faire et se taire

How do you “faire et se taire” as a writer, as Flaubert put it? (Also, that rhymes, just to say.) Author Helen Simpson translates: Shut up and get on with it. And that’s what we’re writing about today.

I’ll admit it. This is really hard for me. Mostly because my to-do list looks like this:

 

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(NOTE: My to-do list does NOT include pics of my students, because that would be way creepy. I just have my journal lying on top of my roll sheet.)

 

Sometimes I think that my to-do list it detailed enough to count as actual writing, but alas. If you look closely, however, you’ll see that there’s a “RESEARCH” sticky listed and that there are even times listed beside each bulleted item on the list. For me, RESEARCH = WRITING.

Actually putting times on the items on the list, then making sure I block them into my day is improving my efficiency this semester (I think). It’s hard to make sure the writing sticky doesn’t get crowded out by those other notes, but this strategy is helping. I’ve also found a sweet new (free) app for my phone that’s called 30/30. It keeps me honest in the blocks of time when my mind feels like the urgent has to supersede the important. You basically enter in task and assign times to those categories, then tap on them and forget the time until the app buzzes that it’s up. It looks like this:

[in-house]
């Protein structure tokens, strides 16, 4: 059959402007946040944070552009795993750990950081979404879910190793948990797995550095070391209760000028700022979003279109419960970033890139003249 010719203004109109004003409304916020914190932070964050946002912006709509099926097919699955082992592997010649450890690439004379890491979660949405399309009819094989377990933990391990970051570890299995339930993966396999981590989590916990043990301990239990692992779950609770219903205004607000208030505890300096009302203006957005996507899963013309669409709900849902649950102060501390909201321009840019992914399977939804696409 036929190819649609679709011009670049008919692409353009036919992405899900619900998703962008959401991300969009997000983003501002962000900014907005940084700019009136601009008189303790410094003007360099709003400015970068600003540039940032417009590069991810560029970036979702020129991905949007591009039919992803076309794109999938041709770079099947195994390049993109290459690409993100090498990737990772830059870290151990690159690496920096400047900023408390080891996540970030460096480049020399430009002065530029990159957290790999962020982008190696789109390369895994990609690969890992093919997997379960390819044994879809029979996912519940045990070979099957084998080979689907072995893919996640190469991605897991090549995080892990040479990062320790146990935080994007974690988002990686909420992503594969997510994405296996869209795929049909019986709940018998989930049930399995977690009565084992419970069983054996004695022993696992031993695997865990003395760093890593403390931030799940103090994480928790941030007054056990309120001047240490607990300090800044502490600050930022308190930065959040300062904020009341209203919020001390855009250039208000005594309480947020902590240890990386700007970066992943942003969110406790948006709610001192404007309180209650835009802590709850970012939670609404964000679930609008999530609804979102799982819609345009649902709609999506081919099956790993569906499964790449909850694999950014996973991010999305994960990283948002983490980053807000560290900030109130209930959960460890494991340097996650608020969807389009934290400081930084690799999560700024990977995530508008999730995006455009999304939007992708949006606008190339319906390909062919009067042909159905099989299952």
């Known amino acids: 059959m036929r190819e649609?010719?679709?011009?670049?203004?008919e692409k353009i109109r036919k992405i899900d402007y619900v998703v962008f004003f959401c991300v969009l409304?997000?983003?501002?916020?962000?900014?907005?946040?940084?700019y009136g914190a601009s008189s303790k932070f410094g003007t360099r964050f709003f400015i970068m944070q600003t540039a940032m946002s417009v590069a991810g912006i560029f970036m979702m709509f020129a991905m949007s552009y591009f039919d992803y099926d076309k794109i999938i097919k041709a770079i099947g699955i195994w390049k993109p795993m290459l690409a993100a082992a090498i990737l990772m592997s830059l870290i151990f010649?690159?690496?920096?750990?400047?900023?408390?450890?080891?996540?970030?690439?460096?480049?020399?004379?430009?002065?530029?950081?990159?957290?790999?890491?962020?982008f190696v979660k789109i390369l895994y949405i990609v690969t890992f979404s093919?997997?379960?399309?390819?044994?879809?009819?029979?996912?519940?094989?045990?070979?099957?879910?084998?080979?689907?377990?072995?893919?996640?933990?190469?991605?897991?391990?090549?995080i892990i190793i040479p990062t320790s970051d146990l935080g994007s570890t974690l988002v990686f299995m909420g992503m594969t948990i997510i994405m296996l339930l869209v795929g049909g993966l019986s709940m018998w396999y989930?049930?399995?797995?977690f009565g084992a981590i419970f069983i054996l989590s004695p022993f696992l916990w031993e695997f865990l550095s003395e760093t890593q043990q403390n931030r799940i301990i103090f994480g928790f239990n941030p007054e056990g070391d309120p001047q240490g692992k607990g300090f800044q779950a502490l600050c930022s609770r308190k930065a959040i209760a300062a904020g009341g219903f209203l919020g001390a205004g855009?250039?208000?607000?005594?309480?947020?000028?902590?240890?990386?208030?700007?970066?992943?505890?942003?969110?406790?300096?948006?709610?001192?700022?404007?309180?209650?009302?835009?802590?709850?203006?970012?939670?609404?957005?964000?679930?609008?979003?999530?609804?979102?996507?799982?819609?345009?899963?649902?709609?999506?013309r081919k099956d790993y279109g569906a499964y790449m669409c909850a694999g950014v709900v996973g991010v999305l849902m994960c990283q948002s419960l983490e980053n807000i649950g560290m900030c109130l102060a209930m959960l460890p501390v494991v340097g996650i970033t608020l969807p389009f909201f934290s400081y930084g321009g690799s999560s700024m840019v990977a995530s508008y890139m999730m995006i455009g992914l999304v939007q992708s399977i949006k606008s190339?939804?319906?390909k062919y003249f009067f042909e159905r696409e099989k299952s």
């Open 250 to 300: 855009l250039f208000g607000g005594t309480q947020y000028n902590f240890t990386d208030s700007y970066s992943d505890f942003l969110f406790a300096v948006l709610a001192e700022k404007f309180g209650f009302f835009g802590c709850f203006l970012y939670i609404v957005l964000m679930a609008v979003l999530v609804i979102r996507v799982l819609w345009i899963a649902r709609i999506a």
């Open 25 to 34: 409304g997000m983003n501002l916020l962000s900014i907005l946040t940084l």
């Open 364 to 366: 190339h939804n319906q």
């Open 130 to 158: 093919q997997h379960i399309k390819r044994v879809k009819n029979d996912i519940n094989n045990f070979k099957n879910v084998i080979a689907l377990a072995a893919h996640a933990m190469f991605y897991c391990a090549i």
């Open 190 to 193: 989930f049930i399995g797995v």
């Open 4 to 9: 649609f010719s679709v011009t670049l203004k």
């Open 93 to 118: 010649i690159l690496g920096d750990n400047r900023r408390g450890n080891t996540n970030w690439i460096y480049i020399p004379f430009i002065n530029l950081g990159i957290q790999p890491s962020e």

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Yet even with all these strategies in place, there are still days when I just Don’t. Want. To. Write. because I feel as if I just Don’t. Have. Anything. To. Say. Well, that could be true at any give time, but I’m allowing the writing bar to scroll up to the top of my screen anyway because I know that almost inevitably, about 10 mins. in, I gain some momentum and don’t want to stop.

If you need more encouragement, Austin Kleon of Steal Like an Artist fame, has his own “faire et se taire” mantra that’s so darn loving, it’s hard to resist: “something small, every day.” (Plus, check out this post to see how Kleon repurposed a workplace safety scoreboard sign above his desk for extra incentive. It’s pretty great.)

I suppose you can woo yourself in French (faire et se taire) or take a roll-up-your-sleeves approach (shut up and get on with it), or coax yourself to your writing space (Here, kitty, kitty, kitty–do something small, every day). Whatever you do, the end result promises to be the same. Just show up and trust that something will happen. Then pick up your pencil or turn on your machine and write, and something will.

 

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